This Charter School Is Teaching Students To Be The Boss

By Brian Whitehead Redlands Daily Facts, Calif.

WWR Article Summary (tl;dr) While conventional high schools offer math, science and history, "Entrepreneur High" offers financial algebra, media marketing and business innovation.

HIGHLAND

Inside the building Kmart once used to sell clothes, electronics and toys to Inland Empire shoppers, a new charter school is teaching teenagers the finer points of business.

Vacant for more than 15 years, the roughly 150,000-square-foot facility on Highland Avenue now resembles the corporate headquarters of a Fortune 500 company. Between the modern furniture, spacious common areas and integrated technology, creative young minds have their mecca.

"Be a boss!" Entrepreneur High urges.

Chartered through San Bernardino City Unified, Entrepreneur High is one of four Southern California schools operated and managed by REAL Journey Academies, a nonprofit that also runs New Vision Middle School for sixth-, seventh- and eighth-graders.

New Vision and Entrepreneur share the same location; both opening in their new digs this month.

"I don't think you'll find anything around the Inland Empire like this," said Alex Lucero, REAL Journey founder.

Entrepreneur High's executive director, or principal, Ray Culberson, had a busy summer canvassing Highland and San Bernardino, pitching parents on a school near a Big Lots! and a Food 4 Less that hadn't yet been completed.

"I'm Ray Culberson," he'd say, "and I want your kid to be a boss."

Without a finished campus, the longtime San Bernardino City Unified youth services director instead sold REAL Journey's vision, its promise to provide soon-to-be ninth-graders a tuition-free school tailored for their entrepreneurial spirits.

Culberson made himself omnipresent, handing out business cards in department stores and setting up banners around town.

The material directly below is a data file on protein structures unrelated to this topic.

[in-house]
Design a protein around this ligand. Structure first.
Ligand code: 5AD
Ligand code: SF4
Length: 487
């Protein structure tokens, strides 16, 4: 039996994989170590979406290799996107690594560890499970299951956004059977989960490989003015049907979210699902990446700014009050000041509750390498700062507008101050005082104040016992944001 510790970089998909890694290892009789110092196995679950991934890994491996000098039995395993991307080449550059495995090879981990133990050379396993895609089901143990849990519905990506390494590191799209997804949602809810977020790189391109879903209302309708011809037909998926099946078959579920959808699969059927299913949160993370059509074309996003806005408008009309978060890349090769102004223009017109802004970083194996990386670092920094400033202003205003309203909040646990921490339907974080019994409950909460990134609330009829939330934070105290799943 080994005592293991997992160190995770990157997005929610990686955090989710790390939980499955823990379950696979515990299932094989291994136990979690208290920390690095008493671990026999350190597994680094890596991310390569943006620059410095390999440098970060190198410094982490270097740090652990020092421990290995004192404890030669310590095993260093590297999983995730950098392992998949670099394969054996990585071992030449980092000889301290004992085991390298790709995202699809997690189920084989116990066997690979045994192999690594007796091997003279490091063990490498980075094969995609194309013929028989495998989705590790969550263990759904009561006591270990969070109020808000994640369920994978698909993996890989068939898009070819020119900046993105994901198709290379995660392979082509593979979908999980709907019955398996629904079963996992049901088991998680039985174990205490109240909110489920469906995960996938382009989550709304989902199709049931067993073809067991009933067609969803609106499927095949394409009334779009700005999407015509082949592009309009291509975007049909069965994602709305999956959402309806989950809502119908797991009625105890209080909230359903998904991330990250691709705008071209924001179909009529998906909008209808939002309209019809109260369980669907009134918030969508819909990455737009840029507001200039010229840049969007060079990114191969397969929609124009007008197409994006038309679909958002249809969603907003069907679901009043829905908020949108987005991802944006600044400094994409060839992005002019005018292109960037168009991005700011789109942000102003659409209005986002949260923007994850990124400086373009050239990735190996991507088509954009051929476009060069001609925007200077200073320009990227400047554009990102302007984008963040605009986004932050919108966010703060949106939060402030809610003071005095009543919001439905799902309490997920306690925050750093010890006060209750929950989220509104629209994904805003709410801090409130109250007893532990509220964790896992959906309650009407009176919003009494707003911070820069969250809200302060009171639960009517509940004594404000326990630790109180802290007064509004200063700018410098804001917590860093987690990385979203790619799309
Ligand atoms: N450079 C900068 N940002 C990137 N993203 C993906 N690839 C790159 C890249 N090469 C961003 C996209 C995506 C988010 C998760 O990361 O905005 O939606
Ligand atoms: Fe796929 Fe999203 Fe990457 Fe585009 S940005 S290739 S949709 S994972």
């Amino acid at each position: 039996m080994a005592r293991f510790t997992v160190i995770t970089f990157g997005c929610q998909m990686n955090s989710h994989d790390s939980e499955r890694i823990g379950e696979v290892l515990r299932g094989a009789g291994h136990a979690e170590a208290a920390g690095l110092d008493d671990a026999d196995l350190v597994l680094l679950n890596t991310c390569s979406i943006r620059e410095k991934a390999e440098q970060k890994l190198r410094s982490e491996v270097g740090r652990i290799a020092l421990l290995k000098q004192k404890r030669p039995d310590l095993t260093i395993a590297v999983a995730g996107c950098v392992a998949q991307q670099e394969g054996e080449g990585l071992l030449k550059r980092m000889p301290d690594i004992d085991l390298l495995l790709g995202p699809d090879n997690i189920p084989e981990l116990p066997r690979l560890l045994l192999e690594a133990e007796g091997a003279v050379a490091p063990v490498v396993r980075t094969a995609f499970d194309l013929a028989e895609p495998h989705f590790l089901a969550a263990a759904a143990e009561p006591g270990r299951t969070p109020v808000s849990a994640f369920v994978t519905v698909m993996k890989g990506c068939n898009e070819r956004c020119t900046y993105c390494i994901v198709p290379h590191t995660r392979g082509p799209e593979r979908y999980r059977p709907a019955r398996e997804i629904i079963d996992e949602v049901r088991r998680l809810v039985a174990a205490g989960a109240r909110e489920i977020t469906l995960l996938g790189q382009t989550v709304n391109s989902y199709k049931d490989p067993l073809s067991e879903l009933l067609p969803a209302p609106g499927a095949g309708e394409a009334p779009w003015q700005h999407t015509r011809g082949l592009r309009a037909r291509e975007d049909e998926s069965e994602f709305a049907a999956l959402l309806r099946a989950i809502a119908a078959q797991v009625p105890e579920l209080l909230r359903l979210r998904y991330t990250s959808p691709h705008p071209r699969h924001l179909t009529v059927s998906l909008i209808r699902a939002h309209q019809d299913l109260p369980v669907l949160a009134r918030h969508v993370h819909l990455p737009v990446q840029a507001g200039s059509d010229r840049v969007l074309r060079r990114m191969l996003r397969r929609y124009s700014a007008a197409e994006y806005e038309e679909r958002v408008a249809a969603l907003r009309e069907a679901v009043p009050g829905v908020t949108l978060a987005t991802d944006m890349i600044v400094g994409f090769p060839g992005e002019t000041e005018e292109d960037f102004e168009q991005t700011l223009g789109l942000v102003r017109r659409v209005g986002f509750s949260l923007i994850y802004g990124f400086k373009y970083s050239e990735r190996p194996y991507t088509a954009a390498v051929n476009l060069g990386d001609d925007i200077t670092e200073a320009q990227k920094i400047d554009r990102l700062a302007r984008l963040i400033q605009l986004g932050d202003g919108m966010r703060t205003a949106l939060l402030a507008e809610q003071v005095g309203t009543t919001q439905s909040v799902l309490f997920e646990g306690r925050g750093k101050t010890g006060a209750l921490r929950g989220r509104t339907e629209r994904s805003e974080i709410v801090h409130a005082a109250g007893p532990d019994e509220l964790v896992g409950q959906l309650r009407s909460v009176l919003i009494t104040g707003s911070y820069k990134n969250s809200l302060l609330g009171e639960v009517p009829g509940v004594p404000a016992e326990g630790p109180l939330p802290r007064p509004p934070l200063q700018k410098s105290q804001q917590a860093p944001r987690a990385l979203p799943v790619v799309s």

A couple hundred parents bought in. School started Aug. 6.

"It's an amazing thing," Culberson said. "Parents giving us their most prized possession just on a card."

Built for about $22 million, Entrepreneur High opened with just ninth-graders.

At full capacity, four years from now, the charter school expects to have 800 students from freshmen to seniors.

While conventional high schools offer math, science and history, Entrepreneur High offers financial algebra, media marketing and business innovation. Teachers -- many of whom are in their first or second year of teaching -- oversee no more than 30 students a class.

The school's daily schedule carves out blocks of time, or E-time, for students to collaborate on assignments and meet with faculty.

Between 9 a.m. and 4 p.m., Entrepreneur teens are developing real-world skills.

New Jersey-based Hertz Furniture has stocked classrooms with adaptable and movable seating intended to boost collaboration and creativity. Common areas and the cafeteria have brightly-colored furnishings to emulate a college-like environment. All rooms require key cards to open for additional security.

A vast quad with a lengthy skylight overhead offers students cocoon pods to study solo and a mezzanine to join forces.

"The furniture sets the tone. It's the atmosphere," said Gabriel Schwartz, Hertz Furniture vice president of sales for California. "We want students to feel they're in a special place where they can learn, collaborate and have productive time."

Entrepreneur High is 95 percent done, Lucero said.

Still to be completed is a room modeled after the popular television show "Shark Tank" and a room that will serve as a pop-up store for teens who want to sell something they've made.

Entrepreneur students this week created more than a dozen clubs: video gaming, music, volleyball, LGBT, Grupo de Espanol, to name a few. The student body will decide on a mascot shortly.

Rosalyn Reyes taught at Etiwanda and Alta Loma high schools before coming to Entrepreneur.

As a financial algebra teacher, she said she's imploring students to see life through an entrepreneurial lens.

"We want students to understand they're changing themselves," Culberson said. "They're becoming professionals, and professionals speak differently, talk differently, act differently. We always want kids to know what they're learning and why.

"Every day, we're establishing that culture."

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